- We’ve also been covering some events for the LGA as part of their healthy communities programme. This involved live blogging keynotes speakers, video interviews with various people involved, taking photos of the action and tweeting updates as well. All the content is presented on a microsite which we developed and hosted, and having done two events in Bristol and London, we’re next up at the late event in Leeds on 8th December. If you’d like to get your events documented in this way, you know where I am.
That’s probably about it. We’ve another couple of busy weeks in December coming up and then things wind down for the festive period. I’m looking forward to it!
* Yes, I know. I’m turning into Alan Partridge.
Quite a few events coming up in the next couple of weeks that I should probably let you know about.
Next week I’m attending a few things: on Monday, the Clay Shirky lecture on Cognitive Surplus at the LSE, followed by the Learning Pool steering group meeting on Tuesday. I’ll be talking to the group about our plans for further engagement work along the lines of our Let’s Talk Central project with Central Bedfordshire Council, as well as some updates to our Modern Councillor service, which I hope to be able to tell everyone about real soon.
Then on Thursday I am going to be talking to the Centre for Public Scrutiny conference about engaging with local communities online. I will be particularly looking forward to this as my second job in local government was as a scrutiny officer at a district council.
I’m ending the week in Bristol, at NALC‘s conference celebrating local democracy. I’ll be showing some local council clerks and councillors how they can be spending a little bit of time and no money at all on cool ways of engaging with their communities online.
After a rest – or should I say, chance to catch up on email – over the weekend, I hit the road again, or rather the train, heading down to NESTA’s ‘Digital Disrupters‘ event on Monday 5th.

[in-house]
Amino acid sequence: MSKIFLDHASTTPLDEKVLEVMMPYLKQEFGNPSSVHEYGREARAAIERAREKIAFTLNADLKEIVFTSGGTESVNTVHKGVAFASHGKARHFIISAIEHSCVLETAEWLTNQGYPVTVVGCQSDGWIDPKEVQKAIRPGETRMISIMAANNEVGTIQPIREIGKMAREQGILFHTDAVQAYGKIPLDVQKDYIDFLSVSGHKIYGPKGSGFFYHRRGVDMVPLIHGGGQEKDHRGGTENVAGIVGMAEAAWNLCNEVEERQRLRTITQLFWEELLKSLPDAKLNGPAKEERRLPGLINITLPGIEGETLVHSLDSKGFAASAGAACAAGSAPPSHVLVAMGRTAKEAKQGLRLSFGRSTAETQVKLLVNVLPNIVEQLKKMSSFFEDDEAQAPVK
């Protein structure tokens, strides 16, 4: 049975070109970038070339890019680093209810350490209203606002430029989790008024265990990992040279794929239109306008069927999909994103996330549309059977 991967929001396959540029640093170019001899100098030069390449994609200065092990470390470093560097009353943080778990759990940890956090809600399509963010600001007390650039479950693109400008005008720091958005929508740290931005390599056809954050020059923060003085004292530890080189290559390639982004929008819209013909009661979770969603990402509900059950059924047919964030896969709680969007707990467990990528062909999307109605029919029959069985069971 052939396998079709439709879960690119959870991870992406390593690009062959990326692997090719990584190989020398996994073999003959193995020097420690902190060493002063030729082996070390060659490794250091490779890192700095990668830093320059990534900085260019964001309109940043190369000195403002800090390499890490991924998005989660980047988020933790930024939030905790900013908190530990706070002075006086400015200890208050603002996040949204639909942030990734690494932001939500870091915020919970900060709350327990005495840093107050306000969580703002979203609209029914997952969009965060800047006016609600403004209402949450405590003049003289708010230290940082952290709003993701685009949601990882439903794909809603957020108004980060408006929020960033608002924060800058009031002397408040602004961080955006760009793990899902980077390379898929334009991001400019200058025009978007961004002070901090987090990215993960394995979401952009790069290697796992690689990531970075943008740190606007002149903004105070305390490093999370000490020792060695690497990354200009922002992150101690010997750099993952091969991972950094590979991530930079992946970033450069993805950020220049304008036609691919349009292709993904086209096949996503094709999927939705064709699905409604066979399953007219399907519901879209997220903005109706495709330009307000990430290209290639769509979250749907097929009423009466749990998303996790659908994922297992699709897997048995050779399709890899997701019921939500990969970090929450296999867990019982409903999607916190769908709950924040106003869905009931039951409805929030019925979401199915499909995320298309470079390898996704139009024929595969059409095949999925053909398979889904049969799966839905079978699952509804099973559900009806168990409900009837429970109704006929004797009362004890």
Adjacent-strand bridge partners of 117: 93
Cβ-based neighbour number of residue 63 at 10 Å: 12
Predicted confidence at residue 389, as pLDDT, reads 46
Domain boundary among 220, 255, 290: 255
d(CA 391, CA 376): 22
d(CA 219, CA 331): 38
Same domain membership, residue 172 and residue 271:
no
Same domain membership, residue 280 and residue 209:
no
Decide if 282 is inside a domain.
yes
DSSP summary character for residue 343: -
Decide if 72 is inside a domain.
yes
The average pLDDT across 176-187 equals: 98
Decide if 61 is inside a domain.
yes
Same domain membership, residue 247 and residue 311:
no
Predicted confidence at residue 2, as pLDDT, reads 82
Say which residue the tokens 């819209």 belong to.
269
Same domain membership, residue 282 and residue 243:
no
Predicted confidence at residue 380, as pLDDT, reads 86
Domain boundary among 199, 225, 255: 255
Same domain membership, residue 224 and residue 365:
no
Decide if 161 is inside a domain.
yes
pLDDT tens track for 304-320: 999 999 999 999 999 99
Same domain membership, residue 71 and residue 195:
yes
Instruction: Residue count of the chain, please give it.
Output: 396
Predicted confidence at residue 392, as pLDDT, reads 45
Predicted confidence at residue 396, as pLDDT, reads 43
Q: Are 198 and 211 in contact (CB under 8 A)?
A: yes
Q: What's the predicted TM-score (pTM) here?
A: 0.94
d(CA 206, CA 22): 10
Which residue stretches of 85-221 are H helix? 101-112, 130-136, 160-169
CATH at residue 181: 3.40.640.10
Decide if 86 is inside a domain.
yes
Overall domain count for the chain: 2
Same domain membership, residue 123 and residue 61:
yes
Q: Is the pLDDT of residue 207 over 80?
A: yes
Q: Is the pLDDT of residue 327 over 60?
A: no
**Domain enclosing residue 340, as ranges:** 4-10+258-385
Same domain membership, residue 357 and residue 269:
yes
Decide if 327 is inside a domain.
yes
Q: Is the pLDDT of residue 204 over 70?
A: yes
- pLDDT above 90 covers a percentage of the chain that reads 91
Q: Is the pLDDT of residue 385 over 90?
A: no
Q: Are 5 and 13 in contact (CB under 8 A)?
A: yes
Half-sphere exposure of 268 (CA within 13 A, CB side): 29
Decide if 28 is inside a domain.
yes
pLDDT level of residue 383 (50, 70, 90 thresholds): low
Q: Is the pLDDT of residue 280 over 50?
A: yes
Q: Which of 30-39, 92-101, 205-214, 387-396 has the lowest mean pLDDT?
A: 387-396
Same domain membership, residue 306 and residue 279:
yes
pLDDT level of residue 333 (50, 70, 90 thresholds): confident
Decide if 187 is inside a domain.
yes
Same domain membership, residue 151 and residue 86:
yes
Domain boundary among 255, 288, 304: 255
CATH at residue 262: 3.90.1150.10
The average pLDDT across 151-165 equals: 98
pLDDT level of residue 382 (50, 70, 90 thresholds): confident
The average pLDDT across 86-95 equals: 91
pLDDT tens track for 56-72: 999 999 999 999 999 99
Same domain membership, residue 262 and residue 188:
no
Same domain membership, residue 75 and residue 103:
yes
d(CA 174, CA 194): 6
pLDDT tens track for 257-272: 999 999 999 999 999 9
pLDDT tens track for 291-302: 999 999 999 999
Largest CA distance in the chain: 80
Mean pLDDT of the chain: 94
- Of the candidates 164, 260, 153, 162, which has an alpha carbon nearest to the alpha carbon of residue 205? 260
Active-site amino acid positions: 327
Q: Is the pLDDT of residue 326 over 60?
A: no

Then it’s Wednesday at the LGA conference in Bournemouth where I’m facilitating a fringe session, optimistically titled “A thoroughly modern council”. You can sign up for it here.
Finally, on Friday I travel again to the south-west, this time to Cheltenham to the Institute of Local Council Management summer seminar. I’ll be talking about “using social networking technologies for mobilising political and community action”.
Busy times! I shouldn’t complain though, if it were any different I would probably be quite bored.
Ingrid has a very nice post about the training my good friend Steve Dale and I provided to some folk at the Local Government Association and the Improvement and Development Agency today.
I think people left the room enthused. A colleague whose arm I twisted to attend the course (when I was worried it wasn’t full – in the end it was overfull) thanked me for getting her along. I’m planning to meet with another colleague in the near future to take some of the training into real concrete action. And that’s the best feedback of all.
Which is very gratifying to hear.
I think there is a real need for fairly basic overview sessions like this one, introducing people to some of key aspects of this social web thing: not just what the tools are and what they do, but some of the philosophy behind it all.
Digital mentoring for public servants? Quite possibly. Maybe a topic for Barcamp?